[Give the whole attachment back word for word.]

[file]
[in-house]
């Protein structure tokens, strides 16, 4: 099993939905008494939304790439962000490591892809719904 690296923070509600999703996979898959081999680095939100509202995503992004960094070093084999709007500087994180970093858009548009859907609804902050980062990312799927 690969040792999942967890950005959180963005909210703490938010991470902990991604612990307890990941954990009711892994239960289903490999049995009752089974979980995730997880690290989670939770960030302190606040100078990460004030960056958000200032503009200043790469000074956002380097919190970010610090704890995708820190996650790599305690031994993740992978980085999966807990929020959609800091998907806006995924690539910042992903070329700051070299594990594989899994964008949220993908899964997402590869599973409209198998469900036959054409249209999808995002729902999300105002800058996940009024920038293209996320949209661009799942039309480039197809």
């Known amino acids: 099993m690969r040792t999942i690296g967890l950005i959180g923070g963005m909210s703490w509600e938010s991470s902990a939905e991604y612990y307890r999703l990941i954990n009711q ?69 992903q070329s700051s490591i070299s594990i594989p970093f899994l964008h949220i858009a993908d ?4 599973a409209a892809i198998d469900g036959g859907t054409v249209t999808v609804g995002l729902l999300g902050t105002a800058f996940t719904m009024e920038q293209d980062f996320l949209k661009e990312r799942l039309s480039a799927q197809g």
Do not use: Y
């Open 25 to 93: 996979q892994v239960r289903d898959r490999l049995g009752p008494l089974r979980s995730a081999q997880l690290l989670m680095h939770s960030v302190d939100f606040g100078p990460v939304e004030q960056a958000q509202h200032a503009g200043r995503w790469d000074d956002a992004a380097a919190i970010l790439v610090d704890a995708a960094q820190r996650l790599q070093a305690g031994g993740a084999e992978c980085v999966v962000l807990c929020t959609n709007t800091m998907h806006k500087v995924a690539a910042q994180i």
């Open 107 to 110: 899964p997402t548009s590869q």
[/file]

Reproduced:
[in-house]
């Protein structure tokens, strides 16, 4: 099993939905008494939304790439962000490591892809719904 690296923070509600999703996979898959081999680095939100509202995503992004960094070093084999709007500087994180970093858009548009859907609804902050980062990312799927 690969040792999942967890950005959180963005909210703490938010991470902990991604612990307890990941954990009711892994239960289903490999049995009752089974979980995730997880690290989670939770960030302190606040100078990460004030960056958000200032503009200043790469000074956002380097919190970010610090704890995708820190996650790599305690031994993740992978980085999966807990929020959609800091998907806006995924690539910042992903070329700051070299594990594989899994964008949220993908899964997402590869599973409209198998469900036959054409249209999808995002729902999300105002800058996940009024920038293209996320949209661009799942039309480039197809």
């Known amino acids: 099993m690969r040792t999942i690296g967890l950005i959180g923070g963005m909210s703490w509600e938010s991470s902990a939905e991604y612990y307890r999703l990941i954990n009711q ?69 992903q070329s700051s490591i070299s594990i594989p970093f899994l964008h949220i858009a993908d ?4 599973a409209a892809i198998d469900g036959g859907t054409v249209t999808v609804g995002l729902l999300g902050t105002a800058f996940t719904m009024e920038q293209d980062f996320l949209k661009e990312r799942l039309s480039a799927q197809g």
Do not use: Y
């Open 25 to 93: 996979q892994v239960r289903d898959r490999l049995g009752p008494l089974r979980s995730a081999q997880l690290l989670m680095h939770s960030v302190d939100f606040g100078p990460v939304e004030q960056a958000q509202h200032a503009g200043r995503w790469d000074d956002a992004a380097a919190i970010l790439v610090d704890a995708a960094q820190r996650l790599q070093a305690g031994g993740a084999e992978c980085v999966v962000l807990c929020t959609n709007t800091m998907h806006k500087v995924a690539a910042q994180i």
């Open 107 to 110: 899964p997402t548009s590869q």